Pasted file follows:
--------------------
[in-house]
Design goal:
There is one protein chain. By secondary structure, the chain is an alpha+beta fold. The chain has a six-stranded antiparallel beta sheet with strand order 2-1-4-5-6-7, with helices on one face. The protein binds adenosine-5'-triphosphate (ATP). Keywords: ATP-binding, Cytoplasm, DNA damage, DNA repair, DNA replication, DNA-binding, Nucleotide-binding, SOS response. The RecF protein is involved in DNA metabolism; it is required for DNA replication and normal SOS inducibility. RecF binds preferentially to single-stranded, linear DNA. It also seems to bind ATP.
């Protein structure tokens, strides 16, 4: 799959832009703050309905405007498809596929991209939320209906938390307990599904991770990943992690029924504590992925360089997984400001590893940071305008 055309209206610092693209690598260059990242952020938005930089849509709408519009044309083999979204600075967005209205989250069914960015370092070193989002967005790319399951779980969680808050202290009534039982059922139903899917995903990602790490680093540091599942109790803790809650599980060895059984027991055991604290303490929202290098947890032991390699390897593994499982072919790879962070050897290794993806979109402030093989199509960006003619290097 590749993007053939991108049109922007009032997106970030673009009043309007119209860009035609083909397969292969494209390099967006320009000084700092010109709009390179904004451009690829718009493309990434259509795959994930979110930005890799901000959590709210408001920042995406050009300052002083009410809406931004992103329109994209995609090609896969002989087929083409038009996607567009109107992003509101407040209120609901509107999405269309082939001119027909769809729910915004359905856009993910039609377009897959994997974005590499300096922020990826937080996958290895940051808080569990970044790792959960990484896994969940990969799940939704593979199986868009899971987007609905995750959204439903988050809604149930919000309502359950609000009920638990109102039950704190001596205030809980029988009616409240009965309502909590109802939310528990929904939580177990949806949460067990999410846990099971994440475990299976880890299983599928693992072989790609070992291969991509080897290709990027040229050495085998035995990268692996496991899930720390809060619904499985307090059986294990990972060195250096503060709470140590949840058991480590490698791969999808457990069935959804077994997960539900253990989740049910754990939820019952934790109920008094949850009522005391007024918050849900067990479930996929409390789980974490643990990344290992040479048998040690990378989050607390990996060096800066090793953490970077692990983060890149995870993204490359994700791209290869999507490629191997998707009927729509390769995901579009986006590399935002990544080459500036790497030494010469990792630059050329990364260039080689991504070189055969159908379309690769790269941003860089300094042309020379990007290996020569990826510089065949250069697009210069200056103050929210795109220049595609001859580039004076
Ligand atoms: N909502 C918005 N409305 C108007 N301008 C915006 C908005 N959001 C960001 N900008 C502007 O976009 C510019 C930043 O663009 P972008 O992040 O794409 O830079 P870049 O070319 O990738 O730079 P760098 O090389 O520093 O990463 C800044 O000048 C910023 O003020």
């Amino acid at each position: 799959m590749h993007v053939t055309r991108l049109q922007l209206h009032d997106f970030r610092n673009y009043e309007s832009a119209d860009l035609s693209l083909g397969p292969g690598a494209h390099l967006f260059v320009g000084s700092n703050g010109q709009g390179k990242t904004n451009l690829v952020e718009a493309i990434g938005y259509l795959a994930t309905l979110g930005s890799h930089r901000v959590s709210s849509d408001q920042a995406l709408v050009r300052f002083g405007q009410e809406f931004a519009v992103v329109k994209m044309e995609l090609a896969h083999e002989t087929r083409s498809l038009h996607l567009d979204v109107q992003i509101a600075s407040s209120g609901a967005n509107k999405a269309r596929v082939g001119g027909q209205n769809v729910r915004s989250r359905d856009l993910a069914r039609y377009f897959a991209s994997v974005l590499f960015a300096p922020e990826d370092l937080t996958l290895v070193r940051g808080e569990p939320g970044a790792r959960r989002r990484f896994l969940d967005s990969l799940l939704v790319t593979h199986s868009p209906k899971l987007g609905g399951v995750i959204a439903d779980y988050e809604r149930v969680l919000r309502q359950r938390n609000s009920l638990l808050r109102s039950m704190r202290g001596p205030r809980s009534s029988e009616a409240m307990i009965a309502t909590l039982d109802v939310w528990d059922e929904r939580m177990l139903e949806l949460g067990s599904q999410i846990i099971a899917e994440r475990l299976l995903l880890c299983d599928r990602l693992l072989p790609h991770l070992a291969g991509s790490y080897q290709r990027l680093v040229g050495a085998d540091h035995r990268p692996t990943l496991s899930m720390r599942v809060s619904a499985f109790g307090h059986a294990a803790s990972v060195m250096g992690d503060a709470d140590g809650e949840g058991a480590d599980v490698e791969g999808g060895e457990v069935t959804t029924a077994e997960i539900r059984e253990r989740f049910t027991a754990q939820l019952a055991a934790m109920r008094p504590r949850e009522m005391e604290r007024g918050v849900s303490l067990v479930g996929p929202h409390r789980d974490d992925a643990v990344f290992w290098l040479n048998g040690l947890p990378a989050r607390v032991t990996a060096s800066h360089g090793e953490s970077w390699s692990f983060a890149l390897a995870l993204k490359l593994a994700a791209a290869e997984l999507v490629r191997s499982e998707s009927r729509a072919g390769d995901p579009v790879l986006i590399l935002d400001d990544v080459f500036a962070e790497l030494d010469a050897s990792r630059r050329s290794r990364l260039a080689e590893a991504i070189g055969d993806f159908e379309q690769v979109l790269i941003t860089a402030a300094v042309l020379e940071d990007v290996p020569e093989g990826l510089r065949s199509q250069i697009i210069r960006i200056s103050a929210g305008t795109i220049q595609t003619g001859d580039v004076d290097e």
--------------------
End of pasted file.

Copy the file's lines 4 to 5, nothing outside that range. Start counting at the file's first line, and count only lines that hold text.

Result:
């Protein structure tokens, strides 16, 4: 799959832009703050309905405007498809596929991209939320209906938390307990599904991770990943992690029924504590992925360089997984400001590893940071305008 055309209206610092693209690598260059990242952020938005930089849509709408519009044309083999979204600075967005209205989250069914960015370092070193989002967005790319399951779980969680808050202290009534039982059922139903899917995903990602790490680093540091599942109790803790809650599980060895059984027991055991604290303490929202290098947890032991390699390897593994499982072919790879962070050897290794993806979109402030093989199509960006003619290097 590749993007053939991108049109922007009032997106970030673009009043309007119209860009035609083909397969292969494209390099967006320009000084700092010109709009390179904004451009690829718009493309990434259509795959994930979110930005890799901000959590709210408001920042995406050009300052002083009410809406931004992103329109994209995609090609896969002989087929083409038009996607567009109107992003509101407040209120609901509107999405269309082939001119027909769809729910915004359905856009993910039609377009897959994997974005590499300096922020990826937080996958290895940051808080569990970044790792959960990484896994969940990969799940939704593979199986868009899971987007609905995750959204439903988050809604149930919000309502359950609000009920638990109102039950704190001596205030809980029988009616409240009965309502909590109802939310528990929904939580177990949806949460067990999410846990099971994440475990299976880890299983599928693992072989790609070992291969991509080897290709990027040229050495085998035995990268692996496991899930720390809060619904499985307090059986294990990972060195250096503060709470140590949840058991480590490698791969999808457990069935959804077994997960539900253990989740049910754990939820019952934790109920008094949850009522005391007024918050849900067990479930996929409390789980974490643990990344290992040479048998040690990378989050607390990996060096800066090793953490970077692990983060890149995870993204490359994700791209290869999507490629191997998707009927729509390769995901579009986006590399935002990544080459500036790497030494010469990792630059050329990364260039080689991504070189055969159908379309690769790269941003860089300094042309020379990007290996020569990826510089065949250069697009210069200056103050929210795109220049595609001859580039004076
Ligand atoms: N909502 C918005 N409305 C108007 N301008 C915006 C908005 N959001 C960001 N900008 C502007 O976009 C510019 C930043 O663009 P972008 O992040 O794409 O830079 P870049 O070319 O990738 O730079 P760098 O090389 O520093 O990463 C800044 O000048 C910023 O003020």